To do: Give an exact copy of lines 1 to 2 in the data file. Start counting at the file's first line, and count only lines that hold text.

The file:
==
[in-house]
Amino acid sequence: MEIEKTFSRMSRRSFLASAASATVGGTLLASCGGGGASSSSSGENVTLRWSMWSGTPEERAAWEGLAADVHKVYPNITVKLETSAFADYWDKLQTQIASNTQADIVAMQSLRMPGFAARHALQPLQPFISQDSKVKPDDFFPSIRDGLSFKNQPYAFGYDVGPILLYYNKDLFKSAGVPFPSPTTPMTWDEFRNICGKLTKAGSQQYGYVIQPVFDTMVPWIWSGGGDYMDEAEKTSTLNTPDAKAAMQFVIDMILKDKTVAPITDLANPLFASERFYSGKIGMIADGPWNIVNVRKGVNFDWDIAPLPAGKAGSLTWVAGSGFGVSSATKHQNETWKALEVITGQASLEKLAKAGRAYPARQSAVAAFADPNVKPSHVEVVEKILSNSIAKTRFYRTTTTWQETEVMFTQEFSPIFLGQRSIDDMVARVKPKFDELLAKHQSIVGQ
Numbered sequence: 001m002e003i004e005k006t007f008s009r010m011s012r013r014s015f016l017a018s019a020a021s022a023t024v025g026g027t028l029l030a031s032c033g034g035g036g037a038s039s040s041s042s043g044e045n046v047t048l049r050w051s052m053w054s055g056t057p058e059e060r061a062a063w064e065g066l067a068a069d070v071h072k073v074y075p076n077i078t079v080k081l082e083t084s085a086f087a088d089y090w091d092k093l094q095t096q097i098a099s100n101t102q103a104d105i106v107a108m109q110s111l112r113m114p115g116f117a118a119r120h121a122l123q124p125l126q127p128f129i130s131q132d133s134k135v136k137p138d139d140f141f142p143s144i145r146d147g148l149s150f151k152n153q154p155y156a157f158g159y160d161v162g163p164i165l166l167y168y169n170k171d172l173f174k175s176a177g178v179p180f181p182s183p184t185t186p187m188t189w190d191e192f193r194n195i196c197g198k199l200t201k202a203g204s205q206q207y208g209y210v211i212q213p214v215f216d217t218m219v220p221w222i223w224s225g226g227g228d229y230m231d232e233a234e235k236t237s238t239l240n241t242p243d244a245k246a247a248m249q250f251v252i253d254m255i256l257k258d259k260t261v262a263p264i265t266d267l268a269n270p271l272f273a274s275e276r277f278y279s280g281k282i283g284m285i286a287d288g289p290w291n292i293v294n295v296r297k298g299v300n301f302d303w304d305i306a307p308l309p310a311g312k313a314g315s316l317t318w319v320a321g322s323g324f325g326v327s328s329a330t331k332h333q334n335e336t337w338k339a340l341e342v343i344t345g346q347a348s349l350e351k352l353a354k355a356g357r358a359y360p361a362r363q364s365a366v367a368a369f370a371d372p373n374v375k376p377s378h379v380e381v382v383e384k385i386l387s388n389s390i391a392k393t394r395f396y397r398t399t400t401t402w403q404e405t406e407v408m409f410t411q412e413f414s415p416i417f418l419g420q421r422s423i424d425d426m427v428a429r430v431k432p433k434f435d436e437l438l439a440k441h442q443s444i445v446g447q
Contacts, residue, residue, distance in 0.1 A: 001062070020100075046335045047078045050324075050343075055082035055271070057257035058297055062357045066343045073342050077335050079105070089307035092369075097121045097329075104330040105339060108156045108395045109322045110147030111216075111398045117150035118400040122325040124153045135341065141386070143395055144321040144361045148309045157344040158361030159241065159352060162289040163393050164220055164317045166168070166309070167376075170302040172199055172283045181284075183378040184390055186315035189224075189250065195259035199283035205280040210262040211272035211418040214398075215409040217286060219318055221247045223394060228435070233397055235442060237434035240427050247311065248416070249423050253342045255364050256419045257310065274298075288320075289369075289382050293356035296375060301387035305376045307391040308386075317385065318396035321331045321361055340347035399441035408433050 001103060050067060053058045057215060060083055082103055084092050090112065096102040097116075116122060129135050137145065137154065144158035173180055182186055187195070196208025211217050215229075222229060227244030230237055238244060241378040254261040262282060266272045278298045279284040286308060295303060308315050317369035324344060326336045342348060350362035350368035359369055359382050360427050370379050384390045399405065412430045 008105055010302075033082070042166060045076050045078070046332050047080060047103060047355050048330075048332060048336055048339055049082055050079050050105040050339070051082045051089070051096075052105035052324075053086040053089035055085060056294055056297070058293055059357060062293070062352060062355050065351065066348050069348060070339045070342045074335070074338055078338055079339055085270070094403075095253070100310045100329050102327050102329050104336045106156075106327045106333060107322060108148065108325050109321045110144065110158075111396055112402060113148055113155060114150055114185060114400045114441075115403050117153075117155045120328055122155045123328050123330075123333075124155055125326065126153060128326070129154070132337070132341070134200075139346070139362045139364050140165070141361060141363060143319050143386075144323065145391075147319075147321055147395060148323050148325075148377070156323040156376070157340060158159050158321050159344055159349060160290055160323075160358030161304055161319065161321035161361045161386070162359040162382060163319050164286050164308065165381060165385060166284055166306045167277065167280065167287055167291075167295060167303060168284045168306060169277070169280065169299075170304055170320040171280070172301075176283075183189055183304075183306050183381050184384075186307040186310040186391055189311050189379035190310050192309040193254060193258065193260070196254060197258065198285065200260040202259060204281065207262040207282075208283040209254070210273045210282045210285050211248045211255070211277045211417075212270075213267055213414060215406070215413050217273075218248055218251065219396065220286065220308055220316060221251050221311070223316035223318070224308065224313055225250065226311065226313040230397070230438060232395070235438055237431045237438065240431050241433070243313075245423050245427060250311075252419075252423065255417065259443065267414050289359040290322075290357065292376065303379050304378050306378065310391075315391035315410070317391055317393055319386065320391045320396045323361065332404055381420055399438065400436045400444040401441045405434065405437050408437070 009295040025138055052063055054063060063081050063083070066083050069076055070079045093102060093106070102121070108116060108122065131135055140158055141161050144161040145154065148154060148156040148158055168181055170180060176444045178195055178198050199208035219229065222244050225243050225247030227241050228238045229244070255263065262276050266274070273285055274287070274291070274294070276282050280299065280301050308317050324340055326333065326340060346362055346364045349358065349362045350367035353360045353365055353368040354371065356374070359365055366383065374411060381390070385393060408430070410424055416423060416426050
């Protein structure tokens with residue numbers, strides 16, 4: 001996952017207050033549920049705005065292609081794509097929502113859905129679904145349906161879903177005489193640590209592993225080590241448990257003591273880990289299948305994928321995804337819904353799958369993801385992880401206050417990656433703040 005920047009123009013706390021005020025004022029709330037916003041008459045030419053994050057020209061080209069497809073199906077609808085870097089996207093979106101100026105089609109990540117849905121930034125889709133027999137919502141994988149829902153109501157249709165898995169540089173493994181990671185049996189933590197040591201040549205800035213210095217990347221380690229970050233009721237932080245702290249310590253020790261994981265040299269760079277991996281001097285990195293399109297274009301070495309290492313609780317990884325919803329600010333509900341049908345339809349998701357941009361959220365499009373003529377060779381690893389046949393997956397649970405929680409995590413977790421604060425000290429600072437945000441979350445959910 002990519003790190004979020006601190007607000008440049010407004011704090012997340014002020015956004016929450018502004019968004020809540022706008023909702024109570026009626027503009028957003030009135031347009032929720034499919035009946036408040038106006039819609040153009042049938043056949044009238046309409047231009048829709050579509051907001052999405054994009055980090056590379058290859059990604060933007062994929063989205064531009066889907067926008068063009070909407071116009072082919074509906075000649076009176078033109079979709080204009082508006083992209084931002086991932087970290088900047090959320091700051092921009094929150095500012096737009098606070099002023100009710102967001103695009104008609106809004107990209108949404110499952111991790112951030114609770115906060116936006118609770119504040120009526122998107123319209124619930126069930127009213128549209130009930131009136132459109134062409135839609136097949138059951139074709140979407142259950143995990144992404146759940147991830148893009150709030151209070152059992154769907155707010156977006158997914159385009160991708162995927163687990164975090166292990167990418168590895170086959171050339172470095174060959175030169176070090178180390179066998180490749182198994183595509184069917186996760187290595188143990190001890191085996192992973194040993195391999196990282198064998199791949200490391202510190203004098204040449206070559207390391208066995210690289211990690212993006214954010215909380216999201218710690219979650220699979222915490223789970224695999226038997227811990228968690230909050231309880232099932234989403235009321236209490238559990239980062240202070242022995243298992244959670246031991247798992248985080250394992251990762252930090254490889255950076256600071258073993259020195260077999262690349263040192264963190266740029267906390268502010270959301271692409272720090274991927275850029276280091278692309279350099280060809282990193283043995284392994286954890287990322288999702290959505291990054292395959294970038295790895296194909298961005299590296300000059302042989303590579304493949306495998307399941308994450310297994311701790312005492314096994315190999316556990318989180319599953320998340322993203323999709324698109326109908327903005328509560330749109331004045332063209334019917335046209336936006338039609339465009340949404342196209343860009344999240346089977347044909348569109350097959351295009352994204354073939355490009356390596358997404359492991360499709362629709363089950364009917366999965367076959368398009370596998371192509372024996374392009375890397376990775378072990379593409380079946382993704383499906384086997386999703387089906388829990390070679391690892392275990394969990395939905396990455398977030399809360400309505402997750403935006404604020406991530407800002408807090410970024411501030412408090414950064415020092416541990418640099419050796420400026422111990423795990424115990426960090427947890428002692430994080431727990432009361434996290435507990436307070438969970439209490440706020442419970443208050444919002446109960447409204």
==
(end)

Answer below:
[in-house]
Amino acid sequence: MEIEKTFSRMSRRSFLASAASATVGGTLLASCGGGGASSSSSGENVTLRWSMWSGTPEERAAWEGLAADVHKVYPNITVKLETSAFADYWDKLQTQIASNTQADIVAMQSLRMPGFAARHALQPLQPFISQDSKVKPDDFFPSIRDGLSFKNQPYAFGYDVGPILLYYNKDLFKSAGVPFPSPTTPMTWDEFRNICGKLTKAGSQQYGYVIQPVFDTMVPWIWSGGGDYMDEAEKTSTLNTPDAKAAMQFVIDMILKDKTVAPITDLANPLFASERFYSGKIGMIADGPWNIVNVRKGVNFDWDIAPLPAGKAGSLTWVAGSGFGVSSATKHQNETWKALEVITGQASLEKLAKAGRAYPARQSAVAAFADPNVKPSHVEVVEKILSNSIAKTRFYRTTTTWQETEVMFTQEFSPIFLGQRSIDDMVARVKPKFDELLAKHQSIVGQ